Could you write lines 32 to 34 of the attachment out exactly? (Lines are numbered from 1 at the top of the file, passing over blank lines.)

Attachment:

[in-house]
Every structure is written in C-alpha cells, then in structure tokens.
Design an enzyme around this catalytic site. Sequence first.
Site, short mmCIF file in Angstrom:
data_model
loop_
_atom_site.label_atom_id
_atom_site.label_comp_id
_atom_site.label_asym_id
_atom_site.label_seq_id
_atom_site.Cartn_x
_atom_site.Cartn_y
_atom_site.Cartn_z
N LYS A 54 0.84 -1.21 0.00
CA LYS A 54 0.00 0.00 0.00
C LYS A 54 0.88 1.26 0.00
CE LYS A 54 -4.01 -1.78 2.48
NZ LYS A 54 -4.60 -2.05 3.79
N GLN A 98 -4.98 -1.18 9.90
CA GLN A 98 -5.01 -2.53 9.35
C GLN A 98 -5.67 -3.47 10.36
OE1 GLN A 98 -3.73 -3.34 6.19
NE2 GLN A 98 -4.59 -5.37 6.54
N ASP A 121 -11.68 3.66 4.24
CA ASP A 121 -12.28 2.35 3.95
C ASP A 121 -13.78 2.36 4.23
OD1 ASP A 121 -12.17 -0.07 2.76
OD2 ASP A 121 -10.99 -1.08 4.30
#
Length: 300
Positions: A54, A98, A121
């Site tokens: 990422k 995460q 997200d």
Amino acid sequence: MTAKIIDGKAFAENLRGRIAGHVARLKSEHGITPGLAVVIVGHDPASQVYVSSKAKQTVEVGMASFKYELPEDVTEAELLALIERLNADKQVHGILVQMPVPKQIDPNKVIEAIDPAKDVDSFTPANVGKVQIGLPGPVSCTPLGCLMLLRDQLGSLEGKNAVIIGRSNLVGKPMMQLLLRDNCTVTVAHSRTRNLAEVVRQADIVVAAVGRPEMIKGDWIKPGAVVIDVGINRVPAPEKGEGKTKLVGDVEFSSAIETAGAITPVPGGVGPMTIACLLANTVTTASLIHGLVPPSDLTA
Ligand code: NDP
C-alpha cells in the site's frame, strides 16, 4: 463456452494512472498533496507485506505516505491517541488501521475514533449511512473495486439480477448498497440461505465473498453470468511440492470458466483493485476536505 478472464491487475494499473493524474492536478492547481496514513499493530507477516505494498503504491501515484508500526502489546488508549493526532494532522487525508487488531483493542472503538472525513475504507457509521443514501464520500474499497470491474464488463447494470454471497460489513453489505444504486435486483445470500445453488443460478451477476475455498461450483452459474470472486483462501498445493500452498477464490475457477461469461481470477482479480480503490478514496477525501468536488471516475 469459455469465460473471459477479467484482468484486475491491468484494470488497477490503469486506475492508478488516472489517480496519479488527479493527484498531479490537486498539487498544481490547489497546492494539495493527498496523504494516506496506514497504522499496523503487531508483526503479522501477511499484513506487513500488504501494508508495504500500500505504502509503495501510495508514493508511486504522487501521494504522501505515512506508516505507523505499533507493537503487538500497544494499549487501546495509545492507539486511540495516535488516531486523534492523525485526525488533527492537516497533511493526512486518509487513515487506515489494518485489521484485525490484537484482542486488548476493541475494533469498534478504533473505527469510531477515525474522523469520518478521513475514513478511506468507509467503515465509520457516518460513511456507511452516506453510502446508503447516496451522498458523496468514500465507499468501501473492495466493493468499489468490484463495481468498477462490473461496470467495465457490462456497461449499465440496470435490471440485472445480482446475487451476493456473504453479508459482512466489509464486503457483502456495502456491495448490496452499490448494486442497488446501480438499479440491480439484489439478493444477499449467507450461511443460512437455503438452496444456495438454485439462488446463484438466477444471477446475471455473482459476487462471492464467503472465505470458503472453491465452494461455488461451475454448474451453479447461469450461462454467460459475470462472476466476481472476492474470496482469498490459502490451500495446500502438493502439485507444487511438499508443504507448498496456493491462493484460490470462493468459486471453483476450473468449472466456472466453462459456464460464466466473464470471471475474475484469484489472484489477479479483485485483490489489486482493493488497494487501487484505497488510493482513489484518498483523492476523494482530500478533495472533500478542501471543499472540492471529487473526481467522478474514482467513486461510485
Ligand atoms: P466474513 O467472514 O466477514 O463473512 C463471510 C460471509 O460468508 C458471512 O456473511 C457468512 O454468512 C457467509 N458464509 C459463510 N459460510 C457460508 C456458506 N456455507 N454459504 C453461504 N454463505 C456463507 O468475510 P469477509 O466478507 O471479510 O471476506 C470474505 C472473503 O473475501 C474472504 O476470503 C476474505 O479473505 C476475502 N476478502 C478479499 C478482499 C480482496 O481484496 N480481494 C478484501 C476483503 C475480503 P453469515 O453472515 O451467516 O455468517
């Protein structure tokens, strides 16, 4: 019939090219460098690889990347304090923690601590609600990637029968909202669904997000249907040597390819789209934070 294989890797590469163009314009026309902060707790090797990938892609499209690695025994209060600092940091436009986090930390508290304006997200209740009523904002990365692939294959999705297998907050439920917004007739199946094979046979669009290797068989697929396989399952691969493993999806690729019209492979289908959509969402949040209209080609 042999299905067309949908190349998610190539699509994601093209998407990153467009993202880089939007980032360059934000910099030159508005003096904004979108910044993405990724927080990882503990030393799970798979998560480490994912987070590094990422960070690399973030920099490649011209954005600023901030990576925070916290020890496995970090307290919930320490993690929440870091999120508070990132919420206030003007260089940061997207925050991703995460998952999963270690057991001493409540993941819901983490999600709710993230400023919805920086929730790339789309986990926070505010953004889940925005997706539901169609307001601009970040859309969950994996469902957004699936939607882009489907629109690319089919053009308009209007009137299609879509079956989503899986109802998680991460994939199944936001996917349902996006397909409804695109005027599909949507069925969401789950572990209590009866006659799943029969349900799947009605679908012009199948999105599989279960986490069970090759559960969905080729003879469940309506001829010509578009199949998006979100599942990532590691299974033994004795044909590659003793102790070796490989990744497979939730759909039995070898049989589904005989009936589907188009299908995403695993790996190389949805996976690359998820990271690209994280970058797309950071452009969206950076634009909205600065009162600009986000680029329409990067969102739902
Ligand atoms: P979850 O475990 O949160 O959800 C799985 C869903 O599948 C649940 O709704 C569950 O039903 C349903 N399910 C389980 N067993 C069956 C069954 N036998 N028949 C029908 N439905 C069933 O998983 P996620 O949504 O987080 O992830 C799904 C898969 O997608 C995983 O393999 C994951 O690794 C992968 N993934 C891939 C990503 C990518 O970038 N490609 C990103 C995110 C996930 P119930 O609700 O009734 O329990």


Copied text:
């Site tokens: 990422k 995460q 997200d």
Amino acid sequence: MTAKIIDGKAFAENLRGRIAGHVARLKSEHGITPGLAVVIVGHDPASQVYVSSKAKQTVEVGMASFKYELPEDVTEAELLALIERLNADKQVHGILVQMPVPKQIDPNKVIEAIDPAKDVDSFTPANVGKVQIGLPGPVSCTPLGCLMLLRDQLGSLEGKNAVIIGRSNLVGKPMMQLLLRDNCTVTVAHSRTRNLAEVVRQADIVVAAVGRPEMIKGDWIKPGAVVIDVGINRVPAPEKGEGKTKLVGDVEFSSAIETAGAITPVPGGVGPMTIACLLANTVTTASLIHGLVPPSDLTA
Ligand code: NDP